One of my many odd callings has been to be a food writer who also happens to do most of the shopping, prepping, cooking, and garbage-hauling in my own homeÖ As a household cook, for example, Iím an apostate from the religions of food and diet that now plague this once-great nation. (Iím not talking about fast food: I happen to think Big Macs and Egg McMuffins are fine.) What bothers me is the late-twentieth-centuryís penchant for doctrinaire pronouncements on the subject of cooking and eating.†For example: Itís gotten so bad that when people are watching me at the stoveówhen Iíve turned off the heat and start to stir four tablespoons of cold butter (yes, I said†butter!) into my†Bolognese sauce to round out the flavor and take up the floating grease (yes, that†works!)ó I have to chase the true believers out of the kitchen lest their pious consciences be offended. Such people donít cook or dine; they sniff around for heresiesóand have fits when they find them. Does that sound like the trouble religion gives preachers in their congregations, or what?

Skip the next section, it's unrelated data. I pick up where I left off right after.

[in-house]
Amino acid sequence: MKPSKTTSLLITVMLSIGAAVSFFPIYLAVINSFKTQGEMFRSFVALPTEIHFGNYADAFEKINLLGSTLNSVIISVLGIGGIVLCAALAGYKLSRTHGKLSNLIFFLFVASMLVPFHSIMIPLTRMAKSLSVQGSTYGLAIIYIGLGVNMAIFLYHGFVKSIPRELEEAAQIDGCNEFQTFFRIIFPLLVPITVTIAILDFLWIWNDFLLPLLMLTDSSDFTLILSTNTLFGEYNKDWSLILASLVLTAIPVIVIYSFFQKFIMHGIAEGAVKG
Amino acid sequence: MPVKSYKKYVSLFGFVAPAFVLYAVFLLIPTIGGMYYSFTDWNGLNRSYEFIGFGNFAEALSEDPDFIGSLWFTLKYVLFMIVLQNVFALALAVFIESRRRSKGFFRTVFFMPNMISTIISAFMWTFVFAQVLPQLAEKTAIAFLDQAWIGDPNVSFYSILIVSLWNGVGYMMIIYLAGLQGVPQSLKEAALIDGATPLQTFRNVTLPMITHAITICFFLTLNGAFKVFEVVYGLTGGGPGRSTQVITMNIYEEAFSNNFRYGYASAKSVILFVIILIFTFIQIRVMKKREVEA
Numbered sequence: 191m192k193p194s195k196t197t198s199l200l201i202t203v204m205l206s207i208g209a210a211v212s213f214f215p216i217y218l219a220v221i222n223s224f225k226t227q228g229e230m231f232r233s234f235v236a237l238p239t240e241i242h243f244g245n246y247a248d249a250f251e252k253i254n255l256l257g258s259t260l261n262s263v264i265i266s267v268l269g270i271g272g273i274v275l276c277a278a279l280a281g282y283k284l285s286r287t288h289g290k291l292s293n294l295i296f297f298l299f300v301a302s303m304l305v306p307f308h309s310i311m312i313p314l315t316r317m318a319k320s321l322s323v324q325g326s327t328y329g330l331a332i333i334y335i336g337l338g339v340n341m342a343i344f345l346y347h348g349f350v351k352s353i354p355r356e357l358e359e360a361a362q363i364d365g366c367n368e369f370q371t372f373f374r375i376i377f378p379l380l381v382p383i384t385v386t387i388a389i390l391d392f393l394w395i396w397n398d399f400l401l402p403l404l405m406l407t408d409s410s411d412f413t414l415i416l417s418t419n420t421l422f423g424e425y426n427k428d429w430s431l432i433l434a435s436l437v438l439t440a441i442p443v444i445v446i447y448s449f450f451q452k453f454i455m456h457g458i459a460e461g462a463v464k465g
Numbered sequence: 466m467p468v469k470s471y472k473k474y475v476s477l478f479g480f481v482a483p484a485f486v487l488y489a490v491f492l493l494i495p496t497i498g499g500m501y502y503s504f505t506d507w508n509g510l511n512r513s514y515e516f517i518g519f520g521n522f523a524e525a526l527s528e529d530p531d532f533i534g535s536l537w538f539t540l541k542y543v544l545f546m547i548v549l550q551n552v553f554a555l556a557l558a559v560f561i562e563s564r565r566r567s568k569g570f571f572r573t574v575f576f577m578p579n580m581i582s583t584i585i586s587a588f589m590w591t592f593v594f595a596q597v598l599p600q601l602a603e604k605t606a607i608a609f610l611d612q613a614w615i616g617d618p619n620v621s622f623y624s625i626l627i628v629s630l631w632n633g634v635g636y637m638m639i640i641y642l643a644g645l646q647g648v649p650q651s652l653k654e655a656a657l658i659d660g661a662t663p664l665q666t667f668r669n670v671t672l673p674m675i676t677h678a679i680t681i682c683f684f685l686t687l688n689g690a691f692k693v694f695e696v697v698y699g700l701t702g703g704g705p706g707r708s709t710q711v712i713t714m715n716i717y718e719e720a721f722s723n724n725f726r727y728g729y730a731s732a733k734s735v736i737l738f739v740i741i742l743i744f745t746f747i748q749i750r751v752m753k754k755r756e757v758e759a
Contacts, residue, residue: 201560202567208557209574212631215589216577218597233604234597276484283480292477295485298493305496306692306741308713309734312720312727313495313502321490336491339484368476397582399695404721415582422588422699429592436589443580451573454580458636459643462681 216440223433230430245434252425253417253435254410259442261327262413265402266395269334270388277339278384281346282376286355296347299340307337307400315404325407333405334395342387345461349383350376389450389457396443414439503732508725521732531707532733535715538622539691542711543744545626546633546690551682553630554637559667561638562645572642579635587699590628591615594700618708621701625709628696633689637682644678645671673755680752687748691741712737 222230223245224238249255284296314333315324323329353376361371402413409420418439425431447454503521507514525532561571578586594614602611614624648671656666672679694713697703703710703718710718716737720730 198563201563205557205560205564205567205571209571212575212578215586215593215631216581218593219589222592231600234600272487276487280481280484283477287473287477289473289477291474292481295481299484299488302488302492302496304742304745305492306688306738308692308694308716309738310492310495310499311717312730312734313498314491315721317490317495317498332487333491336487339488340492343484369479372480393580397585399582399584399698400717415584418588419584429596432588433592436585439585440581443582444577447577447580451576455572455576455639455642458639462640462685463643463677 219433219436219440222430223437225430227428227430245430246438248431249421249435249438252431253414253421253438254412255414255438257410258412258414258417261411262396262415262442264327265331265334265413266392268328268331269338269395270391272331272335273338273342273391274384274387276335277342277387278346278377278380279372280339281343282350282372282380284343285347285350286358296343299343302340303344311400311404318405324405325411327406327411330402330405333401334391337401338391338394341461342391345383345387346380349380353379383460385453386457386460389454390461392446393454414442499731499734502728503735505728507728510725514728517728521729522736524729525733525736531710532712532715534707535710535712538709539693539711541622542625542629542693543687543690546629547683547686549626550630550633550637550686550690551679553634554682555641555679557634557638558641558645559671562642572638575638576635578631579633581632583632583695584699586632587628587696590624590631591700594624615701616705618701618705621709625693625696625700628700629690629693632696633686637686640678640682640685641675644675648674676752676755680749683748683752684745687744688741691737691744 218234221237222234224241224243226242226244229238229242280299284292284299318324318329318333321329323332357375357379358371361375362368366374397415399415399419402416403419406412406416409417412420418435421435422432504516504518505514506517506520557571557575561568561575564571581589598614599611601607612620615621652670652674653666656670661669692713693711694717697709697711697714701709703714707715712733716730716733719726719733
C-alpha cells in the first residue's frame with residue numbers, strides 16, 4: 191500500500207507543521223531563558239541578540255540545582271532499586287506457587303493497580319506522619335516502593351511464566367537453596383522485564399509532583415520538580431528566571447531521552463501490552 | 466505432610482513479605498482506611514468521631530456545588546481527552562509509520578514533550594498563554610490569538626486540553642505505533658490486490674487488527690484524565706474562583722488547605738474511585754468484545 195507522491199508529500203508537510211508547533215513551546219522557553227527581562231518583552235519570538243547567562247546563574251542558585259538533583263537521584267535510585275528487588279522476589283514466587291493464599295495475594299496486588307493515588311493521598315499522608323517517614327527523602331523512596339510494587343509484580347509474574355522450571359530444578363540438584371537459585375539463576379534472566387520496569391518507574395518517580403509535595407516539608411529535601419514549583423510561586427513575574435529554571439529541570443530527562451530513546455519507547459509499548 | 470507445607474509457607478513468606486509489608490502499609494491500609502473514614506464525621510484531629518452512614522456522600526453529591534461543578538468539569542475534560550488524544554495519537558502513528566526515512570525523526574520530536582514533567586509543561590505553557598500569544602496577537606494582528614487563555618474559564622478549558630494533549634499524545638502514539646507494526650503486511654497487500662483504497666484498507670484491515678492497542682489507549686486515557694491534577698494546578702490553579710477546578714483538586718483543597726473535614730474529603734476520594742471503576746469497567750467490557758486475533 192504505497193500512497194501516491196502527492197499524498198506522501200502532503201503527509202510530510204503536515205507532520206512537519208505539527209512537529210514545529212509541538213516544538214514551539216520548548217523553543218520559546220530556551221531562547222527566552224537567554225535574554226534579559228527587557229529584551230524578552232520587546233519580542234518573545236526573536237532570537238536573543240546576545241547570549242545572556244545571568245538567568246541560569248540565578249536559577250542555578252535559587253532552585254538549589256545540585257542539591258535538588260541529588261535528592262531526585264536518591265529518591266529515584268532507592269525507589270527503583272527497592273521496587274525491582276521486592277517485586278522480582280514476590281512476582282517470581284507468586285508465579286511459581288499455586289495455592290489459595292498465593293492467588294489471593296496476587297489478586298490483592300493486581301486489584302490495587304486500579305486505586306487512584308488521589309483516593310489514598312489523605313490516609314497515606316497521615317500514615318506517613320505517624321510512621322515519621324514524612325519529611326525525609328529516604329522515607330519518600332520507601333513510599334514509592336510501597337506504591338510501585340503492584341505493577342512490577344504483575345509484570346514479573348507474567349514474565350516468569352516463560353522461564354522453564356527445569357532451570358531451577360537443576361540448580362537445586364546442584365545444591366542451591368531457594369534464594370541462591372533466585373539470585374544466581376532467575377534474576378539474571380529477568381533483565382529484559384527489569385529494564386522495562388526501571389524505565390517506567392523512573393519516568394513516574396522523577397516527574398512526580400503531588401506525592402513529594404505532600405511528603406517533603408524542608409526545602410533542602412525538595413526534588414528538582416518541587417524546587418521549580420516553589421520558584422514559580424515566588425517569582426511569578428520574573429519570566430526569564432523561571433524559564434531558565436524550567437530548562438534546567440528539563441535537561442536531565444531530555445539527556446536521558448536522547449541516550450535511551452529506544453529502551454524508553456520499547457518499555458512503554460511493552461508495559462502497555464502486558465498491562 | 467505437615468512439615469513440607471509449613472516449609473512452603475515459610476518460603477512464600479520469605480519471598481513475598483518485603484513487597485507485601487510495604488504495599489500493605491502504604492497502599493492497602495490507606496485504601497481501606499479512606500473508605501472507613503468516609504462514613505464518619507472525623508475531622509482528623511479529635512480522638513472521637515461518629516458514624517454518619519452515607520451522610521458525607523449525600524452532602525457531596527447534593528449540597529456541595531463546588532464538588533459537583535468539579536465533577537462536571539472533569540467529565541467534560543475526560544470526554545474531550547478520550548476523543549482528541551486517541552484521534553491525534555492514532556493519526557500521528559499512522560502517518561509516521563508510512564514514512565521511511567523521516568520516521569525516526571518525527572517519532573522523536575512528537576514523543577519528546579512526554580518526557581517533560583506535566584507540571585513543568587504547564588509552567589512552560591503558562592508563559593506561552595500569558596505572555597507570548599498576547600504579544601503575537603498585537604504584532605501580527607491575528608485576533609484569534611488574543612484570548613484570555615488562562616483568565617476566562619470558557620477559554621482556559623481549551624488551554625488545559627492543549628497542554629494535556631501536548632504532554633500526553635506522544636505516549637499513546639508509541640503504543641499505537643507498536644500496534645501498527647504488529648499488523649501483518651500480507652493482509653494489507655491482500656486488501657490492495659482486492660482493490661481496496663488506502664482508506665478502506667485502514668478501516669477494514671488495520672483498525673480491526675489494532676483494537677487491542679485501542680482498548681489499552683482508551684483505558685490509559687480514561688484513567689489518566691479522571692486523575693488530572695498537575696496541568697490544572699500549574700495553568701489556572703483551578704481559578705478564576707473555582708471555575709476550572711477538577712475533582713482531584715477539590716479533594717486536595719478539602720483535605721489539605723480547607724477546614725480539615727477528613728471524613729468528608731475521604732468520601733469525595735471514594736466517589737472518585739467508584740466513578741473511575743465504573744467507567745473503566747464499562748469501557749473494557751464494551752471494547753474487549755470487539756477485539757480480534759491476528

-Robert Farrar Capon,†The Foolishness of Preaching, 57.